United States District Court, S.D. Ohio, Western Division
REPORT AND RECOMMENDATION
L. LITKOVITZ, UNITED STATES MAGISTRATE JUDGE
a former inmate at the Southern Ohio Correctional Facility
(SOCF) in Lucasville, Ohio, brings this action under 42
U.S.C. § 1983 against SOCF Nurse Practitioner Conley and
three John/Jane Doe defendants alleging a violation of his
constitutional rights. This matter is before the Court on
defendant Conley's motion to dismiss (Doc. 9), plaintiffs
memorandum in opposition (Doc. 15), and defendant's reply
memorandum (Doc. 17). This matter is also before the Court on
plaintiffs motion to amend the complaint to identify the John
and Jane Doe defendants (Doc. 16) and defendant's
memorandum in opposition (Doc. 18).
Defendant Conley's motion to dismiss
deciding a motion to dismiss under Fed.R.Civ.P. 12(b)(6), the
Court must accept all factual allegations as true and make
reasonable inferences in favor of the non-moving party.
Keys v. Humana, Inc., 684 F.3d 605, 608 (6th Cir.
2012) (citing Harbin-Bey v. Rutter, 420 F.3d 571,
575 (6th Cir. 2005)). Only "a short and plain statement
of the claim showing that the pleader is entitled to relief
is required. Id. (quoting Fed.R.Civ.P. 8(a)(2)). A
complaint filed by a pro se plaintiff must be
"liberally construed" and "held to less
stringent standards than formal pleadings drafted by
lawyers." Erickson v. Pardus, 551 U.S. 89, 94
(2007) (per curiam) (quoting Estelle v. Gamble, 429
U.S. 97, 106 (1976)). By the same token, however, the
complaint "must contain sufficient factual matter,
accepted as true, to 'state a claim to relief that is
plausible on its face.'" Ashcroft v. Iqbal,
556 U.S. 662, 678 (2009) (quoting Bell Atlantic Corp. v.
Twombly, 550 U.S. 544, 570 (2007)). "A claim has
facial plausibility when the plaintiff pleads factual content
that allows the court to draw the reasonable inference that
the defendant is liable for the misconduct alleged."
Iqbal, 556 U.S. at 678 (citing Twombly, 550
U.S. at 556). Although a complaint need not contain
"detailed factual allegations, " it must provide
"more than an unadorned,
Iqbal, 556 U.S. at 678 (citing Twombly, 550
U.S. at 555). The Court need not "accept as true a legal
conclusion couched as a factual allegation."
Twombly, 550 U.S. at 555 (quoting Papasan v.
Attain, 478 U.S. 265, 286 (1986)). A pleading that
offers "labels and conclusions" or "a
formulaic recitation of the elements of a cause of action
will not do." Twombly, 550 U.S. at 555. Nor
does a complaint suffice if it tenders "naked
assertion[s]" devoid of "further factual
enhancement." Id. at 557. The complaint must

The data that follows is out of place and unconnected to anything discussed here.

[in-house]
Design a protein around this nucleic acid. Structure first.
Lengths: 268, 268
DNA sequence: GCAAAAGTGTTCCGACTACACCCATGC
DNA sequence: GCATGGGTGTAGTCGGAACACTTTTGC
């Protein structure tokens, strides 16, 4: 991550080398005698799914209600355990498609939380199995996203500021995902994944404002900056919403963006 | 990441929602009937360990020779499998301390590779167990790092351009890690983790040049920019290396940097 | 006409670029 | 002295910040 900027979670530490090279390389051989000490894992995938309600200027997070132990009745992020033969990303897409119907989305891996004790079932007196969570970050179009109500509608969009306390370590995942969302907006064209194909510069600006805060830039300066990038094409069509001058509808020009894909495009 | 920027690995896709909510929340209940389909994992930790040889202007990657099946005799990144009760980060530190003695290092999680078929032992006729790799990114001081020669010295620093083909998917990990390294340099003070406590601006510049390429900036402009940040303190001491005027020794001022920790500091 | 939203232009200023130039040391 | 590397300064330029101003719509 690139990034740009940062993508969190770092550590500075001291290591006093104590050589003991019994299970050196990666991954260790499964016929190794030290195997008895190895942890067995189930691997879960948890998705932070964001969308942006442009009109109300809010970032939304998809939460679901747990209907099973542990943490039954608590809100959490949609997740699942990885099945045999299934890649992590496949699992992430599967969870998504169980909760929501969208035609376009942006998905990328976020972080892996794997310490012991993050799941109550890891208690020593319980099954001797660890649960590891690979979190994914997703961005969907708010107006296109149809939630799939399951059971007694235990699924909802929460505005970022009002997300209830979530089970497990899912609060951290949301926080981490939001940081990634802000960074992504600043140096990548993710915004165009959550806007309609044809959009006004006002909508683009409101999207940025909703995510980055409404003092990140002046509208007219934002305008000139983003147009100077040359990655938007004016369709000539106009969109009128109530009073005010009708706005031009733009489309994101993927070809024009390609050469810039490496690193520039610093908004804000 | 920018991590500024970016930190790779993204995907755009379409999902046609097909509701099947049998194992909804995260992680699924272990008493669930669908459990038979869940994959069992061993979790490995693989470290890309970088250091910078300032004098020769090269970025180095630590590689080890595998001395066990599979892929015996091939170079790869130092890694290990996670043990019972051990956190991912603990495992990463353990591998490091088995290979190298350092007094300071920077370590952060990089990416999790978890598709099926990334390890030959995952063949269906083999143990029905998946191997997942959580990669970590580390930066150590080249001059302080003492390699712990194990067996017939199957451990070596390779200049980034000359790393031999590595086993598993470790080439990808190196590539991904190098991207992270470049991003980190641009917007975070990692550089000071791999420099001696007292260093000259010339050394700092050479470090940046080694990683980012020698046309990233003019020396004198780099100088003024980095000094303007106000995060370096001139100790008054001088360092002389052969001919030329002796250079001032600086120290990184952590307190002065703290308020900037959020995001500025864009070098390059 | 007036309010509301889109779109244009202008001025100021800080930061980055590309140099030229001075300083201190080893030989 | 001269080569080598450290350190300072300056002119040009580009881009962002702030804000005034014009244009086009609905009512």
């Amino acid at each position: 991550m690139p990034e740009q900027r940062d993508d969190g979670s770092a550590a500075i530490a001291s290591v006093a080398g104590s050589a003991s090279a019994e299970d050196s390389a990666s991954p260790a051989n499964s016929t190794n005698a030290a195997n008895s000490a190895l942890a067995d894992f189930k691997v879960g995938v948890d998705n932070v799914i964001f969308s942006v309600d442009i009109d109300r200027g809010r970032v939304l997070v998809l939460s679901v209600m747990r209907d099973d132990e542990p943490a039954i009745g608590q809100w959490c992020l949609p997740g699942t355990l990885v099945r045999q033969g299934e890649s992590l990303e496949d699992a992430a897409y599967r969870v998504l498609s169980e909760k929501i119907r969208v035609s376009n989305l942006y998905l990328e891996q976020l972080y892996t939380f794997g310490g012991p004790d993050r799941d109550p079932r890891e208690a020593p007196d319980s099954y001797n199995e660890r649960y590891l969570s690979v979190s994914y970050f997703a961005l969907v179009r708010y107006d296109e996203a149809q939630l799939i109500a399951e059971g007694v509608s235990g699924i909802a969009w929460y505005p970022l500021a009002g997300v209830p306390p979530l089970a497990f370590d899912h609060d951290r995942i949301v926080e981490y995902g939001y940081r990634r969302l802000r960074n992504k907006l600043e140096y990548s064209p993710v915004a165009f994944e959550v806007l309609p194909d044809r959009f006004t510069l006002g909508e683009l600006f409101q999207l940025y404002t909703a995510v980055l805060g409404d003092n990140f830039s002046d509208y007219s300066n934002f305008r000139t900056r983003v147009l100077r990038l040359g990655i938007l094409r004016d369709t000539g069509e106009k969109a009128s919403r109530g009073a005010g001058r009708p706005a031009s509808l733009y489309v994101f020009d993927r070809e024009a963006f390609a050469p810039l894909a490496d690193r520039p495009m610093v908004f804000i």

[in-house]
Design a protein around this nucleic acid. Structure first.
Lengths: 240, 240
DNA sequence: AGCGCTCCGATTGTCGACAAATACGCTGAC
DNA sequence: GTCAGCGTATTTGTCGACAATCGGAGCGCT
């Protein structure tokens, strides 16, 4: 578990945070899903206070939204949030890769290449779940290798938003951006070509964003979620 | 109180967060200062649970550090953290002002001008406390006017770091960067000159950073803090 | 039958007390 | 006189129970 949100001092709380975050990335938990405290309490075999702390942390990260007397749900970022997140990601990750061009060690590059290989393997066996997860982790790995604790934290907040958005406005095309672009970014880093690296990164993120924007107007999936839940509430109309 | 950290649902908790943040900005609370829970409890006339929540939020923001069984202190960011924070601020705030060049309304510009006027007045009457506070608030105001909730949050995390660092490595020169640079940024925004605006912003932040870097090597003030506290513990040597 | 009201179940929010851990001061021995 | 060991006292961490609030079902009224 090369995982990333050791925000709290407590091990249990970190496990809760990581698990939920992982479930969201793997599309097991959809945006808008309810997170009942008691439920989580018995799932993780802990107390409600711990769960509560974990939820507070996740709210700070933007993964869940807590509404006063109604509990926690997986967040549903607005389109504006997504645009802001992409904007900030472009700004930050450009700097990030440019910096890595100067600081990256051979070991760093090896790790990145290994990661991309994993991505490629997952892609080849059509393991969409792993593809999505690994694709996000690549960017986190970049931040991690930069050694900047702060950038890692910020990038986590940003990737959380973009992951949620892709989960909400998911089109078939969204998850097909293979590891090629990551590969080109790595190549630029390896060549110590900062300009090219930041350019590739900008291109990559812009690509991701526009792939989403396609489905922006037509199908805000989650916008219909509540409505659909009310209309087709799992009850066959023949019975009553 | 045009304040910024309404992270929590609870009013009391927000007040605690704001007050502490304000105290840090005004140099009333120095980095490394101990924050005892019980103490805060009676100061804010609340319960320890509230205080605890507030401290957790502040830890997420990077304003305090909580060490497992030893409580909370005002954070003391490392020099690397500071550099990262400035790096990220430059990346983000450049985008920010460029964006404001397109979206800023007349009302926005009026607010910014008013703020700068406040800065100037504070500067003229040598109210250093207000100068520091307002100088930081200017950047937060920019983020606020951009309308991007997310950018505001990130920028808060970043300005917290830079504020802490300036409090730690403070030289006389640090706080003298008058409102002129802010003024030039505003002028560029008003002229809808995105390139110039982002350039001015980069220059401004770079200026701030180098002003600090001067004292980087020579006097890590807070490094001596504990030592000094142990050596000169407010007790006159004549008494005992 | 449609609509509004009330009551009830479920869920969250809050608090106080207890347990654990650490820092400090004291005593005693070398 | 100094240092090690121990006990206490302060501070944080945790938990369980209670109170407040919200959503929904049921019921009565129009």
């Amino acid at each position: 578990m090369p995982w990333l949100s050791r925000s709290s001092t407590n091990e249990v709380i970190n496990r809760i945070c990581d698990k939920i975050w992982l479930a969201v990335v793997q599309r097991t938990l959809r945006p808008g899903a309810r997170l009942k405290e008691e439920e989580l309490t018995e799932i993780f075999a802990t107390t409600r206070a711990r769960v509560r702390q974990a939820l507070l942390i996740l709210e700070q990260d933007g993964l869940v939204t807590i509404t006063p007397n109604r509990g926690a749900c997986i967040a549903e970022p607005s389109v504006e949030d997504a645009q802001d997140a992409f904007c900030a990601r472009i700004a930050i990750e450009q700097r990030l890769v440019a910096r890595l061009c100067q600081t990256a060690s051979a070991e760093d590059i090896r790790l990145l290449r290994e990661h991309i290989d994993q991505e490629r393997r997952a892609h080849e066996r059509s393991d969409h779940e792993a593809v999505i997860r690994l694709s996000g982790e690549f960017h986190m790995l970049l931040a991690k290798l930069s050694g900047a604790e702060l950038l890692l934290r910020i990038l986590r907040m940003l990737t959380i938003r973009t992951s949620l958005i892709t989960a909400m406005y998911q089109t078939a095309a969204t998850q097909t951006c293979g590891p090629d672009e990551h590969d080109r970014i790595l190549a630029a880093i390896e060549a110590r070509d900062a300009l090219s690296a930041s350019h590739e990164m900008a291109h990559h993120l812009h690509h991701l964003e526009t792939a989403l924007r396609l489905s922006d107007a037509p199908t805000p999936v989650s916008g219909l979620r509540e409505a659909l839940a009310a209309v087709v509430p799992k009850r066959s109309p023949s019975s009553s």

"give the defendant fair notice of what the . . . claim
is and the grounds upon which it rests."
Erickson, 551 U.S. at 93 (citations omitted).
complaint alleges that on July 15, 2016, he began a hunger
strike to protest "an arbitrary guilty finding by the
Rules Infraction Board" for manufacturing "hooch
(alcohol)." (Doc. 3 at 2). He states that on July 18,
2016, he began to experience symptoms of his chronic
conditions of pulmonary embolism and diabetes, including
shortness of breath, lightheadedness, fainting, and
"possibly seizures." (Id.). Plaintiff
alleges he brought this to the attention of Jane/John Doe
nurse during medical rounds.
24, 2016, plaintiff submitted a health service request slip
complaining about his symptoms. He alleges he was seen by
Nurse Hill on July 26, 2016 and explained to her his
symptoms. That same day, plaintiff states he was seen by
defendant Conley, Plaintiff informed Conley of his symptoms
and Conley allegedly told plaintiff he would do nothing for
plaintiff until plaintiff stopped his hunger strike.
31, 2016, Nurse Jane Doe gave plaintiff his medication and
saw he was passed out on the floor. One hour later, she
returned to plaintiffs cell, administered a finger stick, and
observed plaintiffs sugar levels were extremely low. One-half
hour later, plaintiff "was rushed to the infirmary to
have a physical examination." (Id.).
alleges that on August 8, 2016, John/Jane Doe nurse falsely
documented information in an examination report to reflect
that plaintiff was alert and oriented, had even and unlabored
respirations, and was in no acute distress following an
incident where plaintiff stumbled while being escorted from
August 9, 2016, plaintiff ended his hunger strike. He alleges
that Nurse Conley drew his blood, which "showed serious
deficiencies." (Doc. 3 at 3). Conley drew plaintiffs
blood the following day and plaintiff was admitted to the
Ohio State University Hospital, where he received two blood
alleges that defendant Conley violated his First and Eighth
Amendment rights. He also alleges that the John and Jane Doe
defendants violated his Eighth Amendment rights.
Conley seeks dismissal of the complaint on the basis it fails
to state a claim for relief. Defendant Conley also alleges he
is entitled to qualified immunity. Defendant argues that
plaintiff had no right to engage in a hunger strike that
detrimentally affected his health. Defendant alleges
"there is no requirement for Defendant to provide
treatment outside of him instructing Plaintiff to end the
strike to negate his health ailments" and, therefore,
defendant is entitled to qualified immunity. (Doc. 9 at 5).
Plaintiffs First Amendment Claim Against Defendant
complaint alleges that defendant Conley violated his
"First Amendment rights of freedom of speech and right
to assemble through the denial of medical attention until
plaintiff came off his hunger strike." (Doc. 3 at 3).
Liberally construed, plaintiff alleges a First Amendment
retaliation claim against defendant Conley in that Conley
refused plaintiff medical care ...